Politico: CPI's Reporting Involved Possible Misdemeanor, Paid Source

PHOTO: A bluefin tuna is unloaded on its way to be cut and distributed to New Yorks top sushi restaurant at a fish market, Jersey City, New Jersey, March 12, 2010.

Politico has revealed that the international arm of the Center for Public Integrity, a Washington-based investigative journalism group, may have violated the law by using a source's password to gain access to a private computer database during reporting for an expose on tuna fishing.

According to Politico, the source also served as a consultant to the Center's international arm, the International Consortium for Investigative Journalists, for the tuna story and received a $15,000 payment.

Before the ICIJ reporters used the password, a lawyer for CPI reportedly warned a top Center official who has since left that the use of the password could constitute a misdemeanor. The Center executive later said the lawyer had signed off on the use of the password, but a memo shows the lawyer had warned of possible criminal exposure.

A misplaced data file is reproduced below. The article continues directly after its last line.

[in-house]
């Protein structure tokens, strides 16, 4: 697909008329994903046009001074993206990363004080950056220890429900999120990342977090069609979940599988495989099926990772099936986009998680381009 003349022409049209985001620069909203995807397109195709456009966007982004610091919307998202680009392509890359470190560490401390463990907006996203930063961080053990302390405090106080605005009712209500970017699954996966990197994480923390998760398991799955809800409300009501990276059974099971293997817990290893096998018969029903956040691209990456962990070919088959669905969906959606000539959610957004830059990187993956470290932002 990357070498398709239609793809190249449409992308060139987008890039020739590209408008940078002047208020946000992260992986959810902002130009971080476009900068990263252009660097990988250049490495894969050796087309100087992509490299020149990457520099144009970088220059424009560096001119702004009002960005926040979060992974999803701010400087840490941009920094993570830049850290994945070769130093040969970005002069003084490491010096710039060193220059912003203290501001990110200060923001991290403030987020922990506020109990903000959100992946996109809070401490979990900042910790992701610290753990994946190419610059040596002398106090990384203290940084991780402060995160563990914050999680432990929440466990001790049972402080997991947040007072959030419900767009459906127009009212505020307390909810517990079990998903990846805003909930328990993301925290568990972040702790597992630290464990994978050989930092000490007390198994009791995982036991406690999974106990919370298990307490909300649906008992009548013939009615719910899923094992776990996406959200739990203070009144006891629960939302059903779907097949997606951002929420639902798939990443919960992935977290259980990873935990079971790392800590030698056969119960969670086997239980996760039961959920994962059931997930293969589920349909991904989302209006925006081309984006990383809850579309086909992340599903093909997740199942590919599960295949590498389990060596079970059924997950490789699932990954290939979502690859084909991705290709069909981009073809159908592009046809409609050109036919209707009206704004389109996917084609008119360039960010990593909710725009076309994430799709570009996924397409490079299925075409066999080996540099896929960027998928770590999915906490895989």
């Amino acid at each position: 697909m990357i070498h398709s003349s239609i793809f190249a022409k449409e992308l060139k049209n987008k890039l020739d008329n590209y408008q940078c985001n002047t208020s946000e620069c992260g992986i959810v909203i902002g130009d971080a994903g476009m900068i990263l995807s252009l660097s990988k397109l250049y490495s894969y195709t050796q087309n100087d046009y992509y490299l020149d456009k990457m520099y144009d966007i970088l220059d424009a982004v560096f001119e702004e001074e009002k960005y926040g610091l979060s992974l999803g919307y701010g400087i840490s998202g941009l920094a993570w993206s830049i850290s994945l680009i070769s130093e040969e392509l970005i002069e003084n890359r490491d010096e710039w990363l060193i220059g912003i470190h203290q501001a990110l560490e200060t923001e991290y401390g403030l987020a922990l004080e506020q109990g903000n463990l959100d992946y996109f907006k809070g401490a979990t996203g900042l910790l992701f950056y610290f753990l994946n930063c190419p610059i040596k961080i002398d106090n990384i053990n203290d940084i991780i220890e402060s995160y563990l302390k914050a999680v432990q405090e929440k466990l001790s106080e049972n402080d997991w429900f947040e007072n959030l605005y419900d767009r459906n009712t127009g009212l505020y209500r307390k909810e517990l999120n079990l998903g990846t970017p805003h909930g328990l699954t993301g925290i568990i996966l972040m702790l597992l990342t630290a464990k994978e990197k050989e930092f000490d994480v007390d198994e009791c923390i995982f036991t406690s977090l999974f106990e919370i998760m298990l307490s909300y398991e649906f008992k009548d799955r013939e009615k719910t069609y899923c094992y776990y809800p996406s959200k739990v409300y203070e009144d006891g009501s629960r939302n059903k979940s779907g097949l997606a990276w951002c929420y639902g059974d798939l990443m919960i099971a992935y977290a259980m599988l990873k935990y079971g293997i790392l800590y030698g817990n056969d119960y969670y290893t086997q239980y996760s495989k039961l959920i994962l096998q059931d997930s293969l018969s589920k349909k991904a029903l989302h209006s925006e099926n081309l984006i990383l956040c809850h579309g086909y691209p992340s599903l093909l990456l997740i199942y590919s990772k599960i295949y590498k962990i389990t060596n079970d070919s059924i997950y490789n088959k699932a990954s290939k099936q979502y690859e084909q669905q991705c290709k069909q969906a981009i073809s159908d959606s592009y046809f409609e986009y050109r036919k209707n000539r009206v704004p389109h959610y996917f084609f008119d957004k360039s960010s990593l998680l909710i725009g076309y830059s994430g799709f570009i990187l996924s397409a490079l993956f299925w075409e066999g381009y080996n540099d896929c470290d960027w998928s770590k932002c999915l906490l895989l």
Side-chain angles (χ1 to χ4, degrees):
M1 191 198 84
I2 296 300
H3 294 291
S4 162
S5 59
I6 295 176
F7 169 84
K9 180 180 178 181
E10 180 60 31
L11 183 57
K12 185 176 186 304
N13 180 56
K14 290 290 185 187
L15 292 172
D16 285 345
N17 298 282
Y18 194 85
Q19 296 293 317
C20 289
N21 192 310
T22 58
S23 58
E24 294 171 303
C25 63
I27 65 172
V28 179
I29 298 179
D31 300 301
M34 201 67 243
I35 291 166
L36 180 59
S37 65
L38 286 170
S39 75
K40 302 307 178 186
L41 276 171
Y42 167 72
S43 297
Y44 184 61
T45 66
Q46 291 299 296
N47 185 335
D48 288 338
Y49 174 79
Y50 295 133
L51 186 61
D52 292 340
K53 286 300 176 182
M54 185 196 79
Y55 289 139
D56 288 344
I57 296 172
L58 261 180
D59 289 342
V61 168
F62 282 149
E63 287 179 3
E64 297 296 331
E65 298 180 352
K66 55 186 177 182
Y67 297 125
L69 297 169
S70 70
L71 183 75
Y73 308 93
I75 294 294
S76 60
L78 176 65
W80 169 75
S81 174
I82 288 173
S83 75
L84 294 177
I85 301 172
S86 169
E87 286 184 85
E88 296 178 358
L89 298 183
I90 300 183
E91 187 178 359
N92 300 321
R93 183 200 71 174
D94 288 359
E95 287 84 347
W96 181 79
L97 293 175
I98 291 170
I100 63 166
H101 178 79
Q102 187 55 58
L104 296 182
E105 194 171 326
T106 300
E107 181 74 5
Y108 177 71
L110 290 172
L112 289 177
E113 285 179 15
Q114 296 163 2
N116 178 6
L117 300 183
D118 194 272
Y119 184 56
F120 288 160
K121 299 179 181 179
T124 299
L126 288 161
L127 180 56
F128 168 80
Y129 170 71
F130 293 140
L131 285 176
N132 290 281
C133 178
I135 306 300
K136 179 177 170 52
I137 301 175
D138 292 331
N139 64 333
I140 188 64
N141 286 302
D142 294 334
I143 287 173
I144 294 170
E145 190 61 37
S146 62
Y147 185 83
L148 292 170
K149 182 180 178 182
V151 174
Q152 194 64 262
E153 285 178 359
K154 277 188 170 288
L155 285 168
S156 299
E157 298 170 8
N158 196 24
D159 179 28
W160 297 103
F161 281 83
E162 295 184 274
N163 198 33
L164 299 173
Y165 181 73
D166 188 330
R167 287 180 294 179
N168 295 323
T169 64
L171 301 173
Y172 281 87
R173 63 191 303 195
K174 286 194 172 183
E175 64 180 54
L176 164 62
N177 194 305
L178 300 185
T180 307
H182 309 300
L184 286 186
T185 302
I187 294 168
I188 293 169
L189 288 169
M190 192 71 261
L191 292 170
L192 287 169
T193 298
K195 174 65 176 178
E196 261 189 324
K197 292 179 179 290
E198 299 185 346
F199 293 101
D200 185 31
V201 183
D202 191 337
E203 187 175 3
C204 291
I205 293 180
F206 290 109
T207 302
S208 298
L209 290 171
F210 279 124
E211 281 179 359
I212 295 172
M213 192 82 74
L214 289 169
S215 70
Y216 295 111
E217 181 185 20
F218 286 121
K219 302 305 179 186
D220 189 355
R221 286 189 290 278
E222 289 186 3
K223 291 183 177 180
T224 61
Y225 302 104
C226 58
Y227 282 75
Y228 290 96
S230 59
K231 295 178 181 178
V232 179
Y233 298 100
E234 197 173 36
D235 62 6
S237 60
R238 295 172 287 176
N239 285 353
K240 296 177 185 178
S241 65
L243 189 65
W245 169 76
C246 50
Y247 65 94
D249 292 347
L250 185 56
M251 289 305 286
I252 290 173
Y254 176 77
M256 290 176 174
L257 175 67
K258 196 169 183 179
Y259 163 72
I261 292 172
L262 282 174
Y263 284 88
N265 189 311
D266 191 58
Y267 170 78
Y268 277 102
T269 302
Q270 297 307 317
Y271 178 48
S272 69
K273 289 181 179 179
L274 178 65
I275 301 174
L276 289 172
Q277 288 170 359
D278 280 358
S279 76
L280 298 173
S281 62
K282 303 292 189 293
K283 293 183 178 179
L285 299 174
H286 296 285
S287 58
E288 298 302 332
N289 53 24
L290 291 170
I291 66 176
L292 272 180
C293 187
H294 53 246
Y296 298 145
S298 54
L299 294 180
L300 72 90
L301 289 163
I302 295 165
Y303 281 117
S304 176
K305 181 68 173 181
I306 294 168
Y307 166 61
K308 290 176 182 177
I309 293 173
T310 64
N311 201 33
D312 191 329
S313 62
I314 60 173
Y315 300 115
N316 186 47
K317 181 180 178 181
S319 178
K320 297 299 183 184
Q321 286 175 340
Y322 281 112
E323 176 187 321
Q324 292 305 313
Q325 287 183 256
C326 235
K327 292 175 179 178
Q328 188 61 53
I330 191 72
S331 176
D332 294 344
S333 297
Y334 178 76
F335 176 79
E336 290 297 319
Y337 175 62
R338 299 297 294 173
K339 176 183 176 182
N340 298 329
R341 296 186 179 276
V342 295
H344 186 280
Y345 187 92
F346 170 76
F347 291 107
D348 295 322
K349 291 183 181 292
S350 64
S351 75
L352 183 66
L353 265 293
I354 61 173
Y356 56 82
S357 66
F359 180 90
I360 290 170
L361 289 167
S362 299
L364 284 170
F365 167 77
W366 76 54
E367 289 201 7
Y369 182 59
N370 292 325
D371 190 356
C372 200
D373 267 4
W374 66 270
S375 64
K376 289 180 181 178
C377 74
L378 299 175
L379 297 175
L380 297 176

READ the Politico story about the Center for Public Integrity

ABC News has worked on several investigations in cooperation with the Center for Public Integrity, including an ongoing probe of the Obama administration's green energy program and the half-billion-dollar federal loan to Solyndra, a failed solar-panel maker. ABC News was also a finalist for a 2011 Daniel Pearl Award, which is awarded by the ICIJ.

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